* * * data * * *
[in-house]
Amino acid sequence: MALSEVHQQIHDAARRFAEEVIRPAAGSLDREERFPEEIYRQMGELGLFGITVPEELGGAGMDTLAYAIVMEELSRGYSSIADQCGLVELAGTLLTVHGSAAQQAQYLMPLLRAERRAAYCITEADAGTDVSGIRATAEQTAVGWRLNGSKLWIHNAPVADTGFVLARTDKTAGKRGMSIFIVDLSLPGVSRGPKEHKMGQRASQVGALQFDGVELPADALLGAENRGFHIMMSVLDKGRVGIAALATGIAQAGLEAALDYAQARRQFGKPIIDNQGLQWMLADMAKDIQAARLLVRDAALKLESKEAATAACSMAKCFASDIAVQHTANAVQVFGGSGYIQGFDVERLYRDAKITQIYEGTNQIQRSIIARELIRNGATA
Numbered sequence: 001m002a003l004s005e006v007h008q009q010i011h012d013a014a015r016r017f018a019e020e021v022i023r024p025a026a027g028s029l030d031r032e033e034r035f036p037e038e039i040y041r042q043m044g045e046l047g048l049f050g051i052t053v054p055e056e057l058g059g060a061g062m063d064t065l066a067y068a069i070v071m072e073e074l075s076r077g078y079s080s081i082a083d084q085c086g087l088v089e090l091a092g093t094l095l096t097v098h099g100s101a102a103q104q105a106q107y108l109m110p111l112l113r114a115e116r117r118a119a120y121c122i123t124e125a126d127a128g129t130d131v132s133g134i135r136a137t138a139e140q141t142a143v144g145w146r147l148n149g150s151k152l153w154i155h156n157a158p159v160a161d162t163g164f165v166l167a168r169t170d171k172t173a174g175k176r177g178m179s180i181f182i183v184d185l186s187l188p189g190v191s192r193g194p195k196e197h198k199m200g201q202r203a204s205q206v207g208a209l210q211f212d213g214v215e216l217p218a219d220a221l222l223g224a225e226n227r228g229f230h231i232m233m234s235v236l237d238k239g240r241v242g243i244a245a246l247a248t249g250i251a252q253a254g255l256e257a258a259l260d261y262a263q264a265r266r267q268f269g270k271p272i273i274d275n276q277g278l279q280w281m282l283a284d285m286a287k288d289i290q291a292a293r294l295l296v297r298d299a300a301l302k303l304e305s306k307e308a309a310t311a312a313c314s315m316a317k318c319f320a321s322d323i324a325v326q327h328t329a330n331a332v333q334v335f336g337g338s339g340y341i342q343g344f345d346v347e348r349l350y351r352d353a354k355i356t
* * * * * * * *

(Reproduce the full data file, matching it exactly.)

[in-house]
Amino acid sequence: MALSEVHQQIHDAARRFAEEVIRPAAGSLDREERFPEEIYRQMGELGLFGITVPEELGGAGMDTLAYAIVMEELSRGYSSIADQCGLVELAGTLLTVHGSAAQQAQYLMPLLRAERRAAYCITEADAGTDVSGIRATAEQTAVGWRLNGSKLWIHNAPVADTGFVLARTDKTAGKRGMSIFIVDLSLPGVSRGPKEHKMGQRASQVGALQFDGVELPADALLGAENRGFHIMMSVLDKGRVGIAALATGIAQAGLEAALDYAQARRQFGKPIIDNQGLQWMLADMAKDIQAARLLVRDAALKLESKEAATAACSMAKCFASDIAVQHTANAVQVFGGSGYIQGFDVERLYRDAKITQIYEGTNQIQRSIIARELIRNGATA
Numbered sequence: 001m002a003l004s005e006v007h008q009q010i011h012d013a014a015r016r017f018a019e020e021v022i023r024p025a026a027g028s029l030d031r032e033e034r035f036p037e038e039i040y041r042q043m044g045e046l047g048l049f050g051i052t053v054p055e056e057l058g059g060a061g062m063d064t065l066a067y068a069i070v071m072e073e074l075s076r077g078y079s080s081i082a083d084q085c086g087l088v089e090l091a092g093t094l095l096t097v098h099g100s101a102a103q104q105a106q107y108l109m110p111l112l113r114a115e116r117r118a119a120y121c122i123t124e125a126d127a128g129t130d131v132s133g134i135r136a137t138a139e140q141t142a143v144g145w146r147l148n149g150s151k152l153w154i155h156n157a158p159v160a161d162t163g164f165v166l167a168r169t170d171k172t173a174g175k176r177g178m179s180i181f182i183v184d185l186s187l188p189g190v191s192r193g194p195k196e197h198k199m200g201q202r203a204s205q206v207g208a209l210q211f212d213g214v215e216l217p218a219d220a221l222l223g224a225e226n227r228g229f230h231i232m233m234s235v236l237d238k239g240r241v242g243i244a245a246l247a248t249g250i251a252q253a254g255l256e257a258a259l260d261y262a263q264a265r266r267q268f269g270k271p272i273i274d275n276q277g278l279q280w281m282l283a284d285m286a287k288d289i290q291a292a293r294l295l296v297r298d299a300a301l302k303l304e305s306k307e308a309a310t311a312a313c314s315m316a317k318c319f320a321s322d323i324a325v326q327h328t329a330n331a332v333q334v335f336g337g338s339g340y341i342q343g344f345d346v347e348r349l350y351r352d353a354k355i356t